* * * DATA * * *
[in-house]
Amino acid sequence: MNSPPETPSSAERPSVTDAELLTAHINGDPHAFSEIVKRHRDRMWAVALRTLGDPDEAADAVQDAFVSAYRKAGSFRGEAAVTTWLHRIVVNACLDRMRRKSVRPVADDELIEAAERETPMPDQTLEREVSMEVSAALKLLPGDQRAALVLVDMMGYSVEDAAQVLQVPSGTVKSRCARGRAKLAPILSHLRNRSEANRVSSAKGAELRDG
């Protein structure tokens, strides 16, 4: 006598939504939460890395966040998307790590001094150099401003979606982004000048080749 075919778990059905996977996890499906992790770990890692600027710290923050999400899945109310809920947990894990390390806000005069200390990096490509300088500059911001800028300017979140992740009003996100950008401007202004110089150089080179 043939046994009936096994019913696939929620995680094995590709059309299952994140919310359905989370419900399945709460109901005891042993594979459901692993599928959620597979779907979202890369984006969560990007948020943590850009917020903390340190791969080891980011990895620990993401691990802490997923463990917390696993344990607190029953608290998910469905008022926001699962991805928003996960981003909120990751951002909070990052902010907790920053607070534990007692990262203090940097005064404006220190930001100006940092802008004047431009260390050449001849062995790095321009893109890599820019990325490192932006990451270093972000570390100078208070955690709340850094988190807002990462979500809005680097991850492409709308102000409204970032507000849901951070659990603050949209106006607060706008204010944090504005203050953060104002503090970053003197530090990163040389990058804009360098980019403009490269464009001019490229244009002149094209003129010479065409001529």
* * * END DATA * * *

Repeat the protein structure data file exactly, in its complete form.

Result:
[in-house]
Amino acid sequence: MNSPPETPSSAERPSVTDAELLTAHINGDPHAFSEIVKRHRDRMWAVALRTLGDPDEAADAVQDAFVSAYRKAGSFRGEAAVTTWLHRIVVNACLDRMRRKSVRPVADDELIEAAERETPMPDQTLEREVSMEVSAALKLLPGDQRAALVLVDMMGYSVEDAAQVLQVPSGTVKSRCARGRAKLAPILSHLRNRSEANRVSSAKGAELRDG
């Protein structure tokens, strides 16, 4: 006598939504939460890395966040998307790590001094150099401003979606982004000048080749 075919778990059905996977996890499906992790770990890692600027710290923050999400899945109310809920947990894990390390806000005069200390990096490509300088500059911001800028300017979140992740009003996100950008401007202004110089150089080179 043939046994009936096994019913696939929620995680094995590709059309299952994140919310359905989370419900399945709460109901005891042993594979459901692993599928959620597979779907979202890369984006969560990007948020943590850009917020903390340190791969080891980011990895620990993401691990802490997923463990917390696993344990607190029953608290998910469905008022926001699962991805928003996960981003909120990751951002909070990052902010907790920053607070534990007692990262203090940097005064404006220190930001100006940092802008004047431009260390050449001849062995790095321009893109890599820019990325490192932006990451270093972000570390100078208070955690709340850094988190807002990462979500809005680097991850492409709308102000409204970032507000849901951070659990603050949209106006607060706008204010944090504005203050953060104002503090970053003197530090990163040389990058804009360098980019403009490269464009001019490229244009002149094209003129010479065409001529």